Did Lane Placement Impact the Shuttle to Overhead B Standings?

First, a little context. In a recent Training Think Tank podcast episode, “The CrossFit Rant”, Max El-Hag brought up an issue on the placement of the jerk blocks on the Shuttle to Overhead B workout. The jerk blocks were staggered such that the jerk blocks in odd-numbered lanes were closer than those in the even-numbered lanes. See the photo below.

As you can see above, Tia-Clair Toomey’s jerk blocks, in lane 14, were farther away from the finish line for the sprint portion of the workout compared to the athletes in either lane next to her.

El-Hag contends that by having varying distances from the finish line to the jerk blocks is inherently unfair to the half of the field that has to run a further distance to begin the shoulder-to-overheard movement. Seems like a reasonable assumption.

El-Hag said that he brought the issue up to CrossFit after the athlete briefing and was told that during testing with the Demo Team, they found no difference in scoring potential between lanes.

El-Hag’s position makes sense in theory. But I wanted to know if the results matched the theory…

So I analyzed the number of shoulder-to-overhead reps for each athlete and grouped them by whether the jerk blocks were close or farther away from the finish line. I did this for both men and women.

I initially looked at all 39 men and 39 women that completed the event (Emily Rolfe and Kealan Henry had withdrawn from the competition). Here’s what the data said:

Full Field
Average Reps Near Blocks Far Blocks
Men (39 athletes) 11.3 11.2
Women (39 athletes) 8.4 8.9

When looking at all 39 men’s scores, the data lined up with El-Hag’s assertion…barely. Although with the margin of error, it would not be statistically significant. But then looking at the 39 women’s repetitions, the opposite was the case…and by a larger amount. This would say that by having jerk blocks farther away from the finish line, an athlete could expect to get 1/2 more rep than an if the athlete was lifting on the closer jerk blocks.

This seemed odd.

In looking at the data more closely, there were definitely some outliers among the athletes on both sides of the equation. Some women only got 2-3 reps in total. For them, it wasn’t going to matter whether their jerks blocks were. And then an athlete like Toomey hit 18 reps from the far blocks.

And with anything, outliers can potentially skew the data. So I removed the outliers and looked at only the athletes that fell within the first standard deviation of the mean. So I only looked at the men’s reps that fell between 8-15 and women’s reps between 5-12. That left 27 athletes on the men’s side and 28 on the women’s side.

The results?

Outliers Removed
Average Reps Near Blocks Far Blocks
Men (27 athletes) 11.7 11.9
Women (28 athletes) 8.4 9.2

In both the men’s and women’s field, the athletes on the far blocks actually outperformed those who didn’t have to go as far to begin lifting. The difference for both, but especially for the men, was minimal. But even El-Hag thought it might only benefit an athlete by potentially a rep or two.

So maybe CrossFit was right. Maybe the jerk block placement didn’t matter.

Or was there an unintended consequence of staggering the jerk blocks. If you go back and watch the four heats (two men’s and two women’s), the athletes did not run directly to the jerk blocks and begin lifting immediately. Most walked to the jerk blocks after slowing down and then paused to collect themselves before beginning to lift.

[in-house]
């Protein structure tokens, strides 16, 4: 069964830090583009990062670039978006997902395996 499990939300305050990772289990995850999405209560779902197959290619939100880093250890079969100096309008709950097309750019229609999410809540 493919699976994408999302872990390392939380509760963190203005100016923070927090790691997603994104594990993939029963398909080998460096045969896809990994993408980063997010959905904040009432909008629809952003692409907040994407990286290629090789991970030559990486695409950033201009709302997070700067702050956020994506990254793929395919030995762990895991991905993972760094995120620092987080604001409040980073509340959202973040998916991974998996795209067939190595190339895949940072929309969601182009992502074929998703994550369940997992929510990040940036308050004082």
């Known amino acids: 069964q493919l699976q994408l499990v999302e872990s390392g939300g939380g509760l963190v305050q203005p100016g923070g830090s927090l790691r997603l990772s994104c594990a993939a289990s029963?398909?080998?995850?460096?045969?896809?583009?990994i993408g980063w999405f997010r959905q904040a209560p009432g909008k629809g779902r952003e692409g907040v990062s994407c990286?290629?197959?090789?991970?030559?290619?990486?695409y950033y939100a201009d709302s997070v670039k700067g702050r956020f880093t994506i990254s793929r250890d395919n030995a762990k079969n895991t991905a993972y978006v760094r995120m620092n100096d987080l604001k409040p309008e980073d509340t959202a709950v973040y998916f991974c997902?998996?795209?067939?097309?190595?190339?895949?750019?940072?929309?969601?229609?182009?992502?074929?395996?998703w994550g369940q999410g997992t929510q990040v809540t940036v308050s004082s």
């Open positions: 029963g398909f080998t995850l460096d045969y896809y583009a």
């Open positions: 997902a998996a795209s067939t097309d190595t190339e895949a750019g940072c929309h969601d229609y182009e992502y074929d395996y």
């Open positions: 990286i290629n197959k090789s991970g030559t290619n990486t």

For those who had to walk farther, those athletes were in the front row. They couldn’t see any other athletes in front of them. However, the “near” block athletes could see the front row, “far” block, athletes.

With the “near” block athletes getting to their jerk blocks faster and seeing the front row begin their jerks. Could the “near” block group have started lifting sooner than they should have? If so, could resting a couple of seconds actually improved their scores?

Pat Vellner was one of the athletes whose jerk blocks were in the “near” group. And while Vellner is one of the strongest athletes in the sport, he admits that heavy jerks are not one of his favorite movements.

In his recap of the event, Vellner commented that the run took it out of him more than he expected. In a workout that he felt he needed to get into a rhythm to do well, he was unable to do so…causing him to fail numerous attempts. He ended up taking 35th in the event after only completing 5 successful shoulder-to-overhead reps.

I asked Vellner if being in the “near” row and seeing the “far” row in front of him could have caused him to start lifting faster than he should have. Vellner said it was his responsibility to block out any possible distractions, but did acknowledge that it “probably makes a bit of a difference from a composure perspective.” Whether it impacted his score or not is an impossible question.

Ultimately, the positioning of the jerk blocks in the Shuttle to Overhead B workout created a difference in how the athletes approached the shoulder-to-overhead movement. The difference, while likely minimal overall, was the opposite of what would be expected in theory – that being closer to the finish line of the sprint created a distinct advantage.

The data, however, showed that the athletes who had to lift on the jerk blocks further away ended up having a slight advantage, +0.2 reps for the men and +0.8 reps for the women. In an event where the total reps topped out at 18, every lift was worth a lot of points.

Regardless of whether the “near” or “far” blocks had an advantage, the problem that it was an issue at all is the issue. All of this could have been a non-issue if all the jerk blocks had been lined up rather than staggered, something both El-Hag and Vellner agreed with.

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